Up I went to the final hurdle. A step that was, at the least, about six feet tall. I had to belly to belly it and pull myself up by the stones lining the top. I knew my upper body work outs would come in handy one day! Thanks past me!
There we stood, at the highest point on the mountain. I wish I had my camera the view was absolutely breathtaking. The ruins we just ran through looked tiny compared to where we stood now, and the city below? Almost non-existent. My companion broke out into song (as she does with her beautiful tribal songs) and danced for our victory. I snapped the best picture I’ve ever taken in my life, her on the ledge, mid dance, her dreads flailing in the wind, with the sun cutting through the clouds and illuminating the valley below. I’d love to share, but unfortunately that picture is locked away in the brain box.
(but this is kinda what it looked like)
And then things got weird. She was deep in thought and eventually burst out into tears. The medicine didn’t help, if anything it elongated my thoughts so that I found myself in a position of inactivity. Do I say something? Do I let her cry it out? Do I hug her? What’s the protocol? Do I act in the moment? Or would that ruin HER moment? How on earth do I connect with someone who is so enthralled by the present landscape that she burst out into tears from the sheer majesty of the world around us?
She turned to face me with speed that took me by surprise. “What’s your dream?” She looked at me, her teary eyes mimicking the wild nature of her overall presence. She followed up with a “Do you cry?”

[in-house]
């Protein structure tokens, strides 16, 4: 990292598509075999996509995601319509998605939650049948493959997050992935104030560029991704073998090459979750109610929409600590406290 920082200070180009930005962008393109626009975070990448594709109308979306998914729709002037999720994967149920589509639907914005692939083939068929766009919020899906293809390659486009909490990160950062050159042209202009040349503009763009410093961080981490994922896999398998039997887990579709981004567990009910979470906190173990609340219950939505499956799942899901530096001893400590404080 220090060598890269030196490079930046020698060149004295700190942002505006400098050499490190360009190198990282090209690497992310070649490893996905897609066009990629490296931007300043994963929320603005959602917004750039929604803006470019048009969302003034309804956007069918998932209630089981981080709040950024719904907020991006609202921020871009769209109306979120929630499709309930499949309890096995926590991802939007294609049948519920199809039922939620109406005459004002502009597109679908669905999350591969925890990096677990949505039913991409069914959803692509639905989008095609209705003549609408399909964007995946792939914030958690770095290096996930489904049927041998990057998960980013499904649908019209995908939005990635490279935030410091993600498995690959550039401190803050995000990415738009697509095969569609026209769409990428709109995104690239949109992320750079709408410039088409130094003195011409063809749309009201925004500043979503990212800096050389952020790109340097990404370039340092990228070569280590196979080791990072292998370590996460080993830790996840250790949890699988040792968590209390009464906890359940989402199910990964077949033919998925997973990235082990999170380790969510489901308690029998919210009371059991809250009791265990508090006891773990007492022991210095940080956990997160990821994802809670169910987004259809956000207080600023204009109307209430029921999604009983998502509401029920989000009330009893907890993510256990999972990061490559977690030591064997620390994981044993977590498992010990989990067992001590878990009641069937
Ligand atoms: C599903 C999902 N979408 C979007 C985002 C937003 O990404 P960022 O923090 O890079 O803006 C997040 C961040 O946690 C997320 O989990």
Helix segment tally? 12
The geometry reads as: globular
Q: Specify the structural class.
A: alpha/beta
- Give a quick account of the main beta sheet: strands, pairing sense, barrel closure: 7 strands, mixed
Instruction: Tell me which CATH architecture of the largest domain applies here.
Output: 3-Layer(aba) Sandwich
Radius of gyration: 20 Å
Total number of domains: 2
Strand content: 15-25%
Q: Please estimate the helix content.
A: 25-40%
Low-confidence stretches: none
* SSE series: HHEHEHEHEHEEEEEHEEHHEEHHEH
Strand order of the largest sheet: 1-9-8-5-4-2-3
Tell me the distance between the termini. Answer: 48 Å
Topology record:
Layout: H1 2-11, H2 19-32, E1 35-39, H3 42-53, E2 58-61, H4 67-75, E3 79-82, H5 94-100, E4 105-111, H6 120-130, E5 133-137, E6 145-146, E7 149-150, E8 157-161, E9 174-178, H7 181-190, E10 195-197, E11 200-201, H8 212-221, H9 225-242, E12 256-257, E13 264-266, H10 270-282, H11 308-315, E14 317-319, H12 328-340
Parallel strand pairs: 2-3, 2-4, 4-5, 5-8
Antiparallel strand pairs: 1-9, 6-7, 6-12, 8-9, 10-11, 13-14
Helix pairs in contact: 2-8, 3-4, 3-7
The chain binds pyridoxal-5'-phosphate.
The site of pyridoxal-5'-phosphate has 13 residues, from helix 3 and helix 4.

What’s my dream!?!? Do I cry?! She’s sitting beside me having a legitimate, deep, thought provoking experience; while I sit there with the extent of my thoughts reaching “I wish there was a bathroom up here”
I focused through the medicine and the overall pressure of the situation and mustered my best attempt at conceptualizing my “dream” for her. She stared at me when she heard what I muttered, then looked rather perplexed and almost agitated. Fault of my own for not really expressing what I really meant, but I had only just met her, and I wasn’t very keen on the idea of getting exceptionally deep with my inner workings. She repeated what I said aloud a few times as she shook her head. It was probably my paranoia flaring up, but I felt like I had just insulted her with such a shallow “dream”, and each shake of her head left me feeling more and more embarrassed.